Strong Female Voices
AUGUST, AUGUSTA, by Jocelyn Mah
Accompanied by live jazz musicians, a trio of exceptional female dancers becomes the physical embodiment of music. Using elements of jazz,vernacular, and contemporary dance, the performers inhabit the improvisation, rhythm, and individuality that drives the music.
DIVINE, by Natalie Frijia
Ontario is out of water and a pair of bandits search for their last hope – a water diviner by the name of Penn. Stories say she can crack the world like a coconut and make water bubble to the surface with nothing but her hands. But the bandits aren’t the only ones hunting her down. And what if there’s nothing left for Penn to divine?An all woman cast in Natalie Frijia’s post-apocalyptic wild west asks how we would survive in world without water. Would we turn to community… or to revenge?
DOLPHIN, by Alyssa Martin
In a contemporary dance-romp through a faux-spiritual aquatic neverland, the characters from Gossip Girl attempt to find themselves through dream ballet, crystal cocktails, mystery, and romantic scandal.Dolphin protect us. Dolphin guide us. We don’t need to be saved. We need to be found.
HOW TO RELAX, by Jenny Laiwint and Alison Daley
Combining dance, experimental performance art, and self-help, How to Relax asks what it means to undergo a personal transformation in the company of others. Using an obscure self-help book from the 80’s as an entry point into participation, seemingly simple instructions – or “psychotechniques” – become tools to generate a performance related to the authentic transformations that the author promises to deliver.
ICÔNE POP, by Mélanie Demers
The music of Dvořák mixes with the auras of the Virgin Mary and Beyoncé to invent a kind of Barbie doll under the influence – both divine and disposable.
MOTHER SEA / MANMAN LA MER, by Djennie Laguerre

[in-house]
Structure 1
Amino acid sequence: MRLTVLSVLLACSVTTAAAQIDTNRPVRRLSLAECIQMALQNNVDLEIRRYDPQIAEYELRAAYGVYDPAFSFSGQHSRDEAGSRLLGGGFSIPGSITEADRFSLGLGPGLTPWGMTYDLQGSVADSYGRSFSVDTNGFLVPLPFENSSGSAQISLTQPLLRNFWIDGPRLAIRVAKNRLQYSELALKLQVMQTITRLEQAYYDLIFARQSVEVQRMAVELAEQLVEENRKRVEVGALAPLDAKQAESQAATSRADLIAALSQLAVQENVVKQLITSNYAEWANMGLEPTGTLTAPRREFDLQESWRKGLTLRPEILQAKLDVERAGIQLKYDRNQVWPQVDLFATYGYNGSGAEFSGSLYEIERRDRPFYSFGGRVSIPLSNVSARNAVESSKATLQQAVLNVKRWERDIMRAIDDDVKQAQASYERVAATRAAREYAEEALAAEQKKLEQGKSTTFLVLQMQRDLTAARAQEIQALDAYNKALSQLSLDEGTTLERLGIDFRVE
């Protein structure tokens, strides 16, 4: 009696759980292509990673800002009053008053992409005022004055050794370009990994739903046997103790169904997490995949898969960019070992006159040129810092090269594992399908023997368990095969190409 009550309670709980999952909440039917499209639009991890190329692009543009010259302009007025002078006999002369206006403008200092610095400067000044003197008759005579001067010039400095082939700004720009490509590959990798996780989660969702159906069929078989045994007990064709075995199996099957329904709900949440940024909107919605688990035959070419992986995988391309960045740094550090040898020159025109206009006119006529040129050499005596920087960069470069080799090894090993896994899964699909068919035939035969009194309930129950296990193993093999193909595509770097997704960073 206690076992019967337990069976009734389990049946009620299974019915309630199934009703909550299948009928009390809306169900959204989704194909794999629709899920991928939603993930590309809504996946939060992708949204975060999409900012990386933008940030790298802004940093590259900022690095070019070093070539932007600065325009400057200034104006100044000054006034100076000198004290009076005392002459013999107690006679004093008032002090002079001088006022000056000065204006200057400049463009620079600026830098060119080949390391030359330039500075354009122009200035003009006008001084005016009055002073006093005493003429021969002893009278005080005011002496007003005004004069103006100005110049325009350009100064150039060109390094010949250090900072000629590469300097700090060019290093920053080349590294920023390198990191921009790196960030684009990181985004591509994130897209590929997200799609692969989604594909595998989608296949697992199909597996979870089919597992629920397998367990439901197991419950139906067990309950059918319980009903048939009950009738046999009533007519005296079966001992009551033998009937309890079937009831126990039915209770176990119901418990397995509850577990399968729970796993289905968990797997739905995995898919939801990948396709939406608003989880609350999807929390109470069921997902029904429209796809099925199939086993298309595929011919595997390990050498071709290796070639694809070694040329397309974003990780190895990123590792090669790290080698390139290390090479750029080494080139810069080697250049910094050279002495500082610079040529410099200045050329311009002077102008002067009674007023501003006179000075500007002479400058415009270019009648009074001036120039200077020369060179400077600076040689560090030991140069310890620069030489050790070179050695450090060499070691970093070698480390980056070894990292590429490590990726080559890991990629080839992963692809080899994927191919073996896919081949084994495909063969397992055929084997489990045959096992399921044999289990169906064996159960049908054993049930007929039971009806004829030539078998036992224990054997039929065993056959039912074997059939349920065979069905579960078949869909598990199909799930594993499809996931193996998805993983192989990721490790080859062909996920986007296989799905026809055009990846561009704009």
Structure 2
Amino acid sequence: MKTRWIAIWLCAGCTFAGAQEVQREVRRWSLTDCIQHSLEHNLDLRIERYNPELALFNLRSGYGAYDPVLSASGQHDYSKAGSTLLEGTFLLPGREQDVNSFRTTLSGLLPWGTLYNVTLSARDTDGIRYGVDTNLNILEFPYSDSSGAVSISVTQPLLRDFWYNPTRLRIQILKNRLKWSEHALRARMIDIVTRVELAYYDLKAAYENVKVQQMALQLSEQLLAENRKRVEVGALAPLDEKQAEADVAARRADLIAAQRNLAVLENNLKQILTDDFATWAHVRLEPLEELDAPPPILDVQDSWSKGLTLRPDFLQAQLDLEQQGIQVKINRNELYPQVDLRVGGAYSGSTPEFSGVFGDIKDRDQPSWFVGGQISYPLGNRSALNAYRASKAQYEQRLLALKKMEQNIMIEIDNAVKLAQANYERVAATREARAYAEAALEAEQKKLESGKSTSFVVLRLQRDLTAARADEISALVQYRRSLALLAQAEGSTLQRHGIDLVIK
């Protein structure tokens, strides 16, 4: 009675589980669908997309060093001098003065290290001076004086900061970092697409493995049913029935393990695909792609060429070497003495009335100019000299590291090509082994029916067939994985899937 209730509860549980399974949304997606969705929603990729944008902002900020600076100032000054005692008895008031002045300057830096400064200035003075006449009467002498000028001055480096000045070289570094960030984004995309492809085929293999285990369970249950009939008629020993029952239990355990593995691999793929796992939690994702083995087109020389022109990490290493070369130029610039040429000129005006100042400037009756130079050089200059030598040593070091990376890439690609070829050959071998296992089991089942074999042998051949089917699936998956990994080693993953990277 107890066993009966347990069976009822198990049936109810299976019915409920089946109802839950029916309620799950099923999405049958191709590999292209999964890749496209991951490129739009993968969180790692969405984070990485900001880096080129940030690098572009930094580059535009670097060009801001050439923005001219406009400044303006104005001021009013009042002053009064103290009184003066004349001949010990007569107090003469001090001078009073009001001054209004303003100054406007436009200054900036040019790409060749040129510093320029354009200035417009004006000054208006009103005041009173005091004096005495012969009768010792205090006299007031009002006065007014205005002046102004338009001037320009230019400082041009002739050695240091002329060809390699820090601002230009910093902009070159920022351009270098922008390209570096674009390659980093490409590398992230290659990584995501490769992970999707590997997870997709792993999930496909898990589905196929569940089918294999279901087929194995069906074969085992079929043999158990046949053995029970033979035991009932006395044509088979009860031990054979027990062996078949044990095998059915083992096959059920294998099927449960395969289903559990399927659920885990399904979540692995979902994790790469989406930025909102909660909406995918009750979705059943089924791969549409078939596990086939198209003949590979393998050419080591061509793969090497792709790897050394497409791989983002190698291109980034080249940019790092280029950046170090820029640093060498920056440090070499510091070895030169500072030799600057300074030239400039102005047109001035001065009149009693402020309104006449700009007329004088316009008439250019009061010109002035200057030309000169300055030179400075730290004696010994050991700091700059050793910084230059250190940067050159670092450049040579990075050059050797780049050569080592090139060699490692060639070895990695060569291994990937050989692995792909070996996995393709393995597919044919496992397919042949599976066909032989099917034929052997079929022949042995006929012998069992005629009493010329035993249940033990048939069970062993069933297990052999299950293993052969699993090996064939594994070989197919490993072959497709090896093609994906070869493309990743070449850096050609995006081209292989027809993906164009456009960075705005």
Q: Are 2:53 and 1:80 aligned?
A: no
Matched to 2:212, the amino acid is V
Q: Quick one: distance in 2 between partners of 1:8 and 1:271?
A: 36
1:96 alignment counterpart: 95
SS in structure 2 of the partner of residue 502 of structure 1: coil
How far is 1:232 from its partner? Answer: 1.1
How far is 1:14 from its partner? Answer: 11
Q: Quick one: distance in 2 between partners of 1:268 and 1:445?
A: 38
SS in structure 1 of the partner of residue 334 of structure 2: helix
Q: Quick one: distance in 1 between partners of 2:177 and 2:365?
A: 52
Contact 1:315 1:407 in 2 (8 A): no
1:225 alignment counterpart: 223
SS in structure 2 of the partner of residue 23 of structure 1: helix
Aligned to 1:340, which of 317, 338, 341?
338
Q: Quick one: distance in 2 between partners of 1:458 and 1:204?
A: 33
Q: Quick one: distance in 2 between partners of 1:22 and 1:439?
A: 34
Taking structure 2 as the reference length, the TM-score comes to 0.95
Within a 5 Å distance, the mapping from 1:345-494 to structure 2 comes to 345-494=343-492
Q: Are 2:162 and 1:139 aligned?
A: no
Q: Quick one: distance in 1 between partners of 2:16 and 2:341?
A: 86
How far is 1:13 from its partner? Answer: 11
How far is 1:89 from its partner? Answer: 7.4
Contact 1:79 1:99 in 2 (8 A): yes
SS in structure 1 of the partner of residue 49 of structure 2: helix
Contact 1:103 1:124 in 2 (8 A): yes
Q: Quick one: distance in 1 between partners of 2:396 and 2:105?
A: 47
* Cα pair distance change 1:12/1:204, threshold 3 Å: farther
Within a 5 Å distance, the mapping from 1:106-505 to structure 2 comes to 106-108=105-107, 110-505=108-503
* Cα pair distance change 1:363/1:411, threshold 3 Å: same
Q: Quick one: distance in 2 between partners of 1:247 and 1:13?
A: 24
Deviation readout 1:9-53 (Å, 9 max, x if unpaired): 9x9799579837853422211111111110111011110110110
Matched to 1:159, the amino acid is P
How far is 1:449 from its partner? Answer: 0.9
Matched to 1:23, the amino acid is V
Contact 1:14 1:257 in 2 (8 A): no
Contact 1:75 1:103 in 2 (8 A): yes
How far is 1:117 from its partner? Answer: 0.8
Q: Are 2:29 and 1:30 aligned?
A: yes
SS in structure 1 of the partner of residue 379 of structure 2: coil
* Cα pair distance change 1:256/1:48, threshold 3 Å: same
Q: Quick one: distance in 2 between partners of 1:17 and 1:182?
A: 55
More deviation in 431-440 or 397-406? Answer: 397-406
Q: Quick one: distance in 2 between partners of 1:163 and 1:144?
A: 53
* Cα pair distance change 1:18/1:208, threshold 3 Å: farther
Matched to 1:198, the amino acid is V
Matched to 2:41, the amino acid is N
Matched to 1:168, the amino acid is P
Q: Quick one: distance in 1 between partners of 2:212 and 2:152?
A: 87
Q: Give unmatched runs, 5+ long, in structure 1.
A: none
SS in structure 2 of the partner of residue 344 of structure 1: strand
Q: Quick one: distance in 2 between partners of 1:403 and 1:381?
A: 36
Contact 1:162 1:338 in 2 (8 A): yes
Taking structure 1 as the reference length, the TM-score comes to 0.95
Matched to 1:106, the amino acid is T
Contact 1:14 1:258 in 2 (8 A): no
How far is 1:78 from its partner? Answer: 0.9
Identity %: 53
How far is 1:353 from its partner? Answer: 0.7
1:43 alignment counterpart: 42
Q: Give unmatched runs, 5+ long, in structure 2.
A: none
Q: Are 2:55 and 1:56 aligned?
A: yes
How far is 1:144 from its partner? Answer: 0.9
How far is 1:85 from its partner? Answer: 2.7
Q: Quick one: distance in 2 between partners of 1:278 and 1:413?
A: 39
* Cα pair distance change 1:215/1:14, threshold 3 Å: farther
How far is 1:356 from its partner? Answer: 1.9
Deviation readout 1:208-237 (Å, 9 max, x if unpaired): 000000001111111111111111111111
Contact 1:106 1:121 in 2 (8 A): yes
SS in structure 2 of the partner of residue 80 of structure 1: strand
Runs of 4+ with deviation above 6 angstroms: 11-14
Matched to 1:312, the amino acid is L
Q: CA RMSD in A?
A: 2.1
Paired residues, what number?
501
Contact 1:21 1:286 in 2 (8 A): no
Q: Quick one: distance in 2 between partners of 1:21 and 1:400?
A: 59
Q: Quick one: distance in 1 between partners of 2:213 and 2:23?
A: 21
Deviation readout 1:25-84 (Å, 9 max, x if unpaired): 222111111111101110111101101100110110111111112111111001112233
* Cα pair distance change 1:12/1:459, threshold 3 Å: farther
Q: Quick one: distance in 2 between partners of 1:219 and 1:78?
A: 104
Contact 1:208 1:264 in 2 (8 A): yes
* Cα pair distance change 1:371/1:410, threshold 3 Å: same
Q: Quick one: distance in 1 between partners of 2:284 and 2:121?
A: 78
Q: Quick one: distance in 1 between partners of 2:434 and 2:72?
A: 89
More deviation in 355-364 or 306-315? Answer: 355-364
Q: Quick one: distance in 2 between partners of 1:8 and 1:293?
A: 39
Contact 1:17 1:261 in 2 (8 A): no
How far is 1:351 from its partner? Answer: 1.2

In the tradition of Haitian storytelling, Mother Sea / Manman la Mertakes us on a journey that joins magic, love, and redemption. It is the story of a woman who can see the future in her dreams but is cut off from her abilities by her mother’s fear. After healing from a mysterious sickness, her dreams disappear along with her sense of self. 25 years later, only her grandmother can restore her faith and her ancestral lineage.
O NOSSO FADO, by Kathy Martinez
An honest narrative exposes the complex feelings first generation Canadians experience toward their working class parents: frustration, pity, shame and love. Lucy, a twelve year old, studies as her mother, Maria, cleans the toilets of an office building. A labour dispute reveals the personal embarrassment, sacrifice and ultimately the power Maria and her colleagues share as they discover a melody of hope and change.
REALITY THEATRE, by Julia Lederer
Reality and fantasy blur for a woman playing a spoon in Beauty and the Beast. A man reconsiders a contract signed in blood. And the world wide web disappears into thin air. Reality Theatre is a fast moving collection of short, interwoven plays that explore our anxieties about change, the acceleration of technology, and maintaining human relationships in a world quickly becoming less human.
RUIN ROAD, by Jane Alison McKinney
Inside a dark, vibrating, isolated world, three individuals desperately search through a dense labyrinth. They are alone, but their instinct for survival reveals a recognizable human vulnerability in the darkness. You are the witnesses. Performed by Jane Alison McKinney, Naishi Wang, and Kathia Wittenborn; Ruin Road explores the tension between our natural and mediated environments and the pull of individuals to the whole.
SPAWN, by Cheyenne Scott
Theresa is haunted by the traditional Coast Salish story of the Salmon Spirit, and the death of her mother who drowned in the Pacific Ocean. Now that she’s pregnant, her disconnected family must prepare for a new generation.
TO DO, TO DON’T, by Jenn Goodwin
A solo, a duet. With a blanket, with hair. Through comfort, protection, hostility and weight, the work touches on being enough. Trying to get out of bed, take it in, keep it out, change, or make change. The possibility to hold sorrows of the world, and one’s own, while not forgetting the day to day. There is a lot to do. And a lot to don’t.
WHAT DO YOU SEE?, by Jasmyn Fyffe
A new, intimate, probing solo dance-theatre work that seeks to explore a plethora of ideas around the female black body.
See the rest of the guide here.
The SummerWorks Performance Festival is on in Toronto from August 3 – 13.Click here for tickets or more information